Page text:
Critical reflection: – as mentioned earlier, news content online is often much shorter, allowing the average reader to quickly scan an article – sometimes even just the headline – to get the gist of the main argument. Numerous neuro-scientific studies have shown that readers will often scan the screen, spending less than a minute on reading the news online in their day. This is usually not the case with print. Readers who still buy or consume print journalism will often take a much longer time immersing themselves into the core meanings and perspectives within an article, allowing for deeper reading and understanding of the subject, allowing you to have an in-depth understanding of the world around you.
Beauty: – the majority of publications take pride in the aesthetics of their print projects, making pieces come to life with creative graphics and images, making the consumer proud to be in possession of their publication.
Community: – the production of a print publication also creates somewhat of a journey with its audience and the society in which they find themselves a political actor in. Through building a certain report with their readers, print journalists often share and represent the opinions of their readers.
These 5 key points were definitely something to bear in mind when addressing print journalism in a digital age. I spoke with Jenny afterwards where we agreed on our shared preference in print journalism to digital content overall, and I confided with her of my banishment of an Amazon Kindle, as I too prefer to read from physical, beautiful-smelling books, rather than off of a screen.
2. Alternative Media
Another thing brought to light from the conference was the variety of alternative forms of media that are out there. As aforementioned, New Internationalist were present, Red Pepper, whom I hadn’t heard of until the conference, The Norwich Radical, The Morning Star, and many more publications are out there for you to widen your scope and understandings of issues occurring within the world, rather than relying on mainstream media giants, such as BBC News or The Guardians – which I do admit to falling victim of.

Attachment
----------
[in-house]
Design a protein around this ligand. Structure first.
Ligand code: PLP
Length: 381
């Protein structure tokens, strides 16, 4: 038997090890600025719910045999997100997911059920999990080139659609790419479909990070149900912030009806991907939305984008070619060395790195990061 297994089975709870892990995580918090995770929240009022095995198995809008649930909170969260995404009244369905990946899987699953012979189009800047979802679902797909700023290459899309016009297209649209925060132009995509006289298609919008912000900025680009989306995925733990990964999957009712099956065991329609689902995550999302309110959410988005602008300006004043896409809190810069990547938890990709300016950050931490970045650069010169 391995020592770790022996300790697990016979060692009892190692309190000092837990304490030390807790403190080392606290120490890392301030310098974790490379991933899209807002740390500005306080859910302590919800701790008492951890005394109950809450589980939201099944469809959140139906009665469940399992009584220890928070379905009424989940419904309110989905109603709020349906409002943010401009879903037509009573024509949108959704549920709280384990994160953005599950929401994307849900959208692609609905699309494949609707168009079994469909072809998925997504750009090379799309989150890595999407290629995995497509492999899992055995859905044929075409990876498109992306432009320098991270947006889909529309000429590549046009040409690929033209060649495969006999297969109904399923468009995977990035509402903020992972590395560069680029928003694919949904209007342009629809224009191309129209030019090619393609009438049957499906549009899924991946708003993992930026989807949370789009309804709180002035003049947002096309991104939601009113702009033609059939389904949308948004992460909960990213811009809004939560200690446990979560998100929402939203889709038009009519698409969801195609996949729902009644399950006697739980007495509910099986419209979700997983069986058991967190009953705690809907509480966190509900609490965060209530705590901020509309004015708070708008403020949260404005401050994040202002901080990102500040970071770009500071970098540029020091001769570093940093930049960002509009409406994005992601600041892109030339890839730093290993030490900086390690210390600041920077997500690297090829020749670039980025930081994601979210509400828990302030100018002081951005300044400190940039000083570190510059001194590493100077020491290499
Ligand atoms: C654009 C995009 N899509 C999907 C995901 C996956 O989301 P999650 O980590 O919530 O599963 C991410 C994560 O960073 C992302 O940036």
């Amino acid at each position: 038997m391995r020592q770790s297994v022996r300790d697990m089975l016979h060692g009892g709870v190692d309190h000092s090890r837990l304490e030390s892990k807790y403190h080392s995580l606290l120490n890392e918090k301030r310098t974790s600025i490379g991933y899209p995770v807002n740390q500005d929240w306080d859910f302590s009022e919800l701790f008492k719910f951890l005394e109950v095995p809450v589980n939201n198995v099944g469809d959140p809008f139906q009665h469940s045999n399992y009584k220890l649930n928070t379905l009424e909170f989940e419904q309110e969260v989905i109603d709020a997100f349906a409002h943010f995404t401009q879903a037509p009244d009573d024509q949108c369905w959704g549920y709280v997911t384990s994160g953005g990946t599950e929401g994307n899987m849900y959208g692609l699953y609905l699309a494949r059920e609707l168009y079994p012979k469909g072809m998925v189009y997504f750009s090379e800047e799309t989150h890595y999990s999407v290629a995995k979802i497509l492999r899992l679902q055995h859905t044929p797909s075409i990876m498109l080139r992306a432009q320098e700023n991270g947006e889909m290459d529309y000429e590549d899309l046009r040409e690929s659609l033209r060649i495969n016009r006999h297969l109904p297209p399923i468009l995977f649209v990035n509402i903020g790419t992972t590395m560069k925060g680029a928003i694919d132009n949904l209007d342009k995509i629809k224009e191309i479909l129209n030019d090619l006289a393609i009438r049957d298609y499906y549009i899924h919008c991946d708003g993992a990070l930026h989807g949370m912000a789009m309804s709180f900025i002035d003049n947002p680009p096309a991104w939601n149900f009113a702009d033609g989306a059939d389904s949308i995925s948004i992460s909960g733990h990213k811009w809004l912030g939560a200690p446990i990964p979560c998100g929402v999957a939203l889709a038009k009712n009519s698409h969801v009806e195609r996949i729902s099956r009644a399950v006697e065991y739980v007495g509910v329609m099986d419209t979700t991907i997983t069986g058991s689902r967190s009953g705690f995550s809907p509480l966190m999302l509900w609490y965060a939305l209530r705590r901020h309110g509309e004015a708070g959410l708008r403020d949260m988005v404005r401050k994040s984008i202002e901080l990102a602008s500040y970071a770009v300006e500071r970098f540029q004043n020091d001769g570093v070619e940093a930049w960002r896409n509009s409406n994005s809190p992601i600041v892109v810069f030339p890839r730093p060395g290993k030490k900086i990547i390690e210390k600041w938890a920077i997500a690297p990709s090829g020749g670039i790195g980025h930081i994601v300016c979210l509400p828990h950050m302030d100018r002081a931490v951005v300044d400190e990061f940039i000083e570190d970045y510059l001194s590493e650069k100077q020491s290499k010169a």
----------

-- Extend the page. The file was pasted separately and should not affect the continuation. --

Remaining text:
3. Lack of Representation in Student Media
The third, most enlightening idea shared that day was by Yinbo Yu, a student from UCL, who has also been active in student campaigns including UEA’s Student Union. Within the ‘race in the media’ panel discussion, Yinbo was co-chaired by Aadum Muuse from NUS and Dolly Ogunrinde, who is a UEA alumni.
Yinbo boldly suggested that the UEA media office lacked BME (Black and Minority Ethnic) representations. He brought attention to the fact that, having participated in student media himself, it is largely all white, lacking in diversity of other ethnic origins. This was something I had not considered in the slightest, since getting more involved in student media, but upon reflection, Yinbo’s suggestion holds a lot of truth in it.
Below is the designated area within the Media Office especially for Concrete, UEA’s student newspaper. The paper is printed fortnightly, although they frequently publish articles on their website in between publications. As Yinbo explores: “If you walk into the media offices of student newspapers, it’s all white. If you look at the writers, it’s all white.” If you dare, click here to scroll through the list of editors and main contributors who put the student newspaper together, and Yinbo might just be on to something…
“If you walk into the media offices of student newspapers, it’s all white. If you look at the writers, it’s all white.”
Indeed, having reflected upon this concept, I questioned Yinbo to find out why he thinks this is. He highlighted the existence of institutional racism within spaces, not only within student media, but the student movement as a whole, such as the National Union of Students (NUS), which is still failing black and brown students. He went on to explore that what we, as students, as consumers of student media and societal values, need to be reflecting upon is the internal structures within such environments.
This sense of targeted media, of ‘white’ content produced by ‘white’ contributors is failing to represent other ethnic, minority cultures, due to the lack of BME participants in student media who have the potential to represent the voices of such ethnic groups more appropriately. It is therefore the responsibility of the media collective to encourage students of all nationalities and races to get more involved, in order to deconstruct the embedded, normative and structural factors, which are preventing the representations of such minorities from being given a voice within student media and society as a whole.
Related to this issue is an interview published in the New York Times between George Yancy and Judith Butler, both authors and university professors specialising on the subject of race, who discuss in depth the structural issues embedded within our social systems, which continue to harness the repression experienced by many BME groups.
Representations within the media are very much constructions, and can never fully capture an event or individual’s story from its exact nature, due to certain political agendas, bias and opinion. Yet, what should be agreed on is that every single group should have a moral right to have some sort of representation, and this racial, gendered (the list goes on) hierarchy within our media, which spans over decades within print, and with the explosion of media within the digital age, must be challenged.
Clearly the discussions brought forth during the day were of a fruitful, thought-provoking nature, which certainly had me reflecting upon my own experiences with mainstream, alternative and student media. I aim to be reading more alternative forms of media so as to inhibit distortion from certain constructions of our world. Please do let me know of any publications you would suggest reading, as I am eager to find out about more.